In 2022, to mark the 70th anniversary of the British North Greenland Expedition, TUDOR is presenting the Ranger model, a tool watch celebrating the spirit of this daring adventure, complete with Manufacture Calibre MT5402, a 39-millimetre case and a clasp with rapid adjustment system.
The new Ranger continues, within the TUDOR collection, the tradition of the expedition watch, born with the Oyster Prince watches used by the members of the British North Greenland Expedition. The tradition of a robust, practical, and affordable instrument.
The new Ranger model respects the aesthetic standards established in the course of its history, especially its dial with Arabic numerals at 3, 6, 9 and 12 o’clock. Vintage watches enthusiats will appreciate the hour markers painted in luminescent material. Beige in colour, they perfectly contrast with the grained, matt black dial and match the tone of the TUDOR shield logo and inscriptions. Also characteristic of Ranger aesthetics is the arrow-shaped hour hand.
To echo its functional heritage, the 39-millimetre case and the bracelet of the Ranger are satin-brushed, creating an overall matt finish, in the purest spirit of a “tool watch”. Some elements, however, are polished to strengthen the lines of the case, including the inner edge of the bezel.
An attentive eye will notice the return of a detail of historic importance, the Ranger mention at 6 o'clock on the dial. That and the tip of the angular seconds hand in burgundy, bring a novel touch to the characteristic Ranger aesthetics.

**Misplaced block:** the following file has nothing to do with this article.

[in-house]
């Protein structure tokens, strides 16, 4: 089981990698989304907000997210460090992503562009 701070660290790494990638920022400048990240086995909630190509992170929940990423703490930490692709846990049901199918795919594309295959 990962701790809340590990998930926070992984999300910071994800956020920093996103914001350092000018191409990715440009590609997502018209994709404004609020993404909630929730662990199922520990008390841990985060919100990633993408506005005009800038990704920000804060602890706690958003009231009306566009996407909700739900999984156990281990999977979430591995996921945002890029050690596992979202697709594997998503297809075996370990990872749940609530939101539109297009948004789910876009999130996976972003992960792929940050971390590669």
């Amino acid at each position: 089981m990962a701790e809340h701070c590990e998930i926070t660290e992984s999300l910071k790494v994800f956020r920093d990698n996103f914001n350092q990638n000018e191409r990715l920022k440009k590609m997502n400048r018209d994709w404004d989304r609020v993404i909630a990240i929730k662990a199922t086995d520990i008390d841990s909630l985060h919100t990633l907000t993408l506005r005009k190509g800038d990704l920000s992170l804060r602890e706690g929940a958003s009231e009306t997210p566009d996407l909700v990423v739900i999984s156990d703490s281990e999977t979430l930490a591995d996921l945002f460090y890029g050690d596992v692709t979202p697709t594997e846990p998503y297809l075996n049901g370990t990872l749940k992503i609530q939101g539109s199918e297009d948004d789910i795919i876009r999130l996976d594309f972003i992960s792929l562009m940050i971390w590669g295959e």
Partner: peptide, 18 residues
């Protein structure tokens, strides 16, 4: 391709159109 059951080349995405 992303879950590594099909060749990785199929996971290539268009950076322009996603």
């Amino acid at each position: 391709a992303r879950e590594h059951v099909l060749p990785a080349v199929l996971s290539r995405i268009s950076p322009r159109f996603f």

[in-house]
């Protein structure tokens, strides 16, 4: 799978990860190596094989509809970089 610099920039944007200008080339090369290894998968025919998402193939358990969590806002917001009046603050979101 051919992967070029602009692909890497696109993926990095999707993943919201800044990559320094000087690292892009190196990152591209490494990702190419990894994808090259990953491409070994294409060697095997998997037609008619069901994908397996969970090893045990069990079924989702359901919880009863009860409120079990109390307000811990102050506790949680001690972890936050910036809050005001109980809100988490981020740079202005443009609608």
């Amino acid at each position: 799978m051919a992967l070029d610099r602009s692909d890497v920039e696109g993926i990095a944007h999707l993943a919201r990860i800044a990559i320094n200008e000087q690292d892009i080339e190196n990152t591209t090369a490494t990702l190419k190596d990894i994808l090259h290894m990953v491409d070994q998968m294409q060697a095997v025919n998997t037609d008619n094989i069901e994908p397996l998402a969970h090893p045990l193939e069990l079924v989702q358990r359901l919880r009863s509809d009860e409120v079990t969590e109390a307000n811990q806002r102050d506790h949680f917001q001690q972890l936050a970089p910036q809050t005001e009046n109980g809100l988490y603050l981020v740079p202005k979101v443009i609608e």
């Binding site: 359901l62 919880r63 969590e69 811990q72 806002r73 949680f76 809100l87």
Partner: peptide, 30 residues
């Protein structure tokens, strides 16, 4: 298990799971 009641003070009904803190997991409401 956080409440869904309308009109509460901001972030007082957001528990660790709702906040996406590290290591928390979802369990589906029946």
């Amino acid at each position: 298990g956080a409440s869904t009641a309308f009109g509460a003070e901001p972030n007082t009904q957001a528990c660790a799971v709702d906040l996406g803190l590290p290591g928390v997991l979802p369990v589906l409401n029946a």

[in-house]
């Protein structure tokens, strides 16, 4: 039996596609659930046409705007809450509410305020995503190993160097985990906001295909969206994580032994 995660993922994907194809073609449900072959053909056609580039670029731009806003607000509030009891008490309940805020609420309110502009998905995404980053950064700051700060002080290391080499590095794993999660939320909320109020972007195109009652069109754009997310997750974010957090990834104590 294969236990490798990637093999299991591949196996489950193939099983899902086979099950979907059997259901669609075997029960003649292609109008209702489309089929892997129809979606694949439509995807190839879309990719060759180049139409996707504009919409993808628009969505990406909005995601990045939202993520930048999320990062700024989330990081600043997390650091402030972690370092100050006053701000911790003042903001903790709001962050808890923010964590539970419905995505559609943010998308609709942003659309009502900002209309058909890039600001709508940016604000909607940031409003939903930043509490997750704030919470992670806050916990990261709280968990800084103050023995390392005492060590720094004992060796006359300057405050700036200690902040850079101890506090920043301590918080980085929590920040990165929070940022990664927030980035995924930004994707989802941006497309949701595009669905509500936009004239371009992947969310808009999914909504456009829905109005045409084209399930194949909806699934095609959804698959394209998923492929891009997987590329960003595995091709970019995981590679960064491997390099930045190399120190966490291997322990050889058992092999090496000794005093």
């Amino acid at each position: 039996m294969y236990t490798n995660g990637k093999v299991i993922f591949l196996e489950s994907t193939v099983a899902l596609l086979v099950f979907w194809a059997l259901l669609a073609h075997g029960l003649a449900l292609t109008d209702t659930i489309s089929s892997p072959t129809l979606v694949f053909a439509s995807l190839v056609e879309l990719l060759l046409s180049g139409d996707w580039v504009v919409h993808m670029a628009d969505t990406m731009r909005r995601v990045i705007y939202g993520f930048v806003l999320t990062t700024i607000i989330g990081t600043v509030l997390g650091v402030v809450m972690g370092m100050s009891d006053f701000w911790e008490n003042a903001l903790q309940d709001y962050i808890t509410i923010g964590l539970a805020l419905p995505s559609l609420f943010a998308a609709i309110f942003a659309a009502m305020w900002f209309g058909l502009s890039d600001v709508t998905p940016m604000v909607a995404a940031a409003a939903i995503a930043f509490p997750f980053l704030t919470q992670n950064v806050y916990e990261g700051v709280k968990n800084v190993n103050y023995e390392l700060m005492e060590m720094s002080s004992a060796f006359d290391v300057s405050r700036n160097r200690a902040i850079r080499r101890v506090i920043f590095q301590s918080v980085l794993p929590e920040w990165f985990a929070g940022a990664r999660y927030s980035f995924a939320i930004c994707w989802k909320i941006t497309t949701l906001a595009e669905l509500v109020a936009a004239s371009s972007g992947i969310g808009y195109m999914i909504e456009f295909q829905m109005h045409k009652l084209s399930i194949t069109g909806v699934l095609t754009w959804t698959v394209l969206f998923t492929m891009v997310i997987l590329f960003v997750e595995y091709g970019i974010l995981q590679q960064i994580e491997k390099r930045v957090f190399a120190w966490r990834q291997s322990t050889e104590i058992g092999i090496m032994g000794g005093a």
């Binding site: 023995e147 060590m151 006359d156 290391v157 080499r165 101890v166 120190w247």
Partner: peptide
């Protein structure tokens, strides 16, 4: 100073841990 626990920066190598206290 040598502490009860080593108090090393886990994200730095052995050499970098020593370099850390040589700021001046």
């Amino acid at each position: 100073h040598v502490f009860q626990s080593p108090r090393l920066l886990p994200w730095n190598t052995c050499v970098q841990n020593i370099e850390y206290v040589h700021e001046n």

The fabric strap is one of the hallmarks of TUDOR, who, in 2010, became one of the first watchmaking brands to offer it with its products. Woven using a traditional method on 19th-century Jacquard looms by the Julien Faure company in the St-Étienne region of France, its manufacturing quality and comfort on the wrist are unique. In 2020, TUDOR celebrated ten years of collaboration with the hundred-and-fifty-year-old Julien Faure company. The partnership began with the launch of the Heritage Chrono, the first model fitted with a fabric strap created by the craftsmen, at Baselworld 2010.
For the Ranger model, TUDOR chose an olive-green bracelet with two red stripes and one beige stripe woven by the craftsmen.
Finally, a third bracelet option is offered, in natural rubber and fabric-like textured black leather, with beige topstitching and a folding clasp.
The Ranger is also offered with an entirely satin-brushed steel bracelet, with the TUDOR “T-fit” clasp equipped with a system for rapid length adjustment. Easy to use, requiring no tools and offering five positions, this practical system allows wearers of the TUDOR Ranger to carry out a fine, instant adjustment of the total length of the bracelet along an adjustment window of 8 mm.
Thanks to this balance and the non-magnetic silicon balance spring, the Manufacture Calibre MT5402 has been certified as a chronometer by the Official Swiss Chronometer Testing Institute (COSC), with its performance going beyond the standards set by this independent institute. In fact, where COSC allows an average variation in the daily running of a watch of between -4 and +6 seconds in relation to absolute time in a single movement, TUDOR insists on between -2 and +4 seconds’ variation in its running when it is completely assembled. Another notable feature is that the power reserve of the Manufacture Calibre MT5402 is “weekend-proof”; that is to say about 70 hours, which enables the wearer to take the watch off on a Friday evening and put it back on again on Monday morning without having to wind it.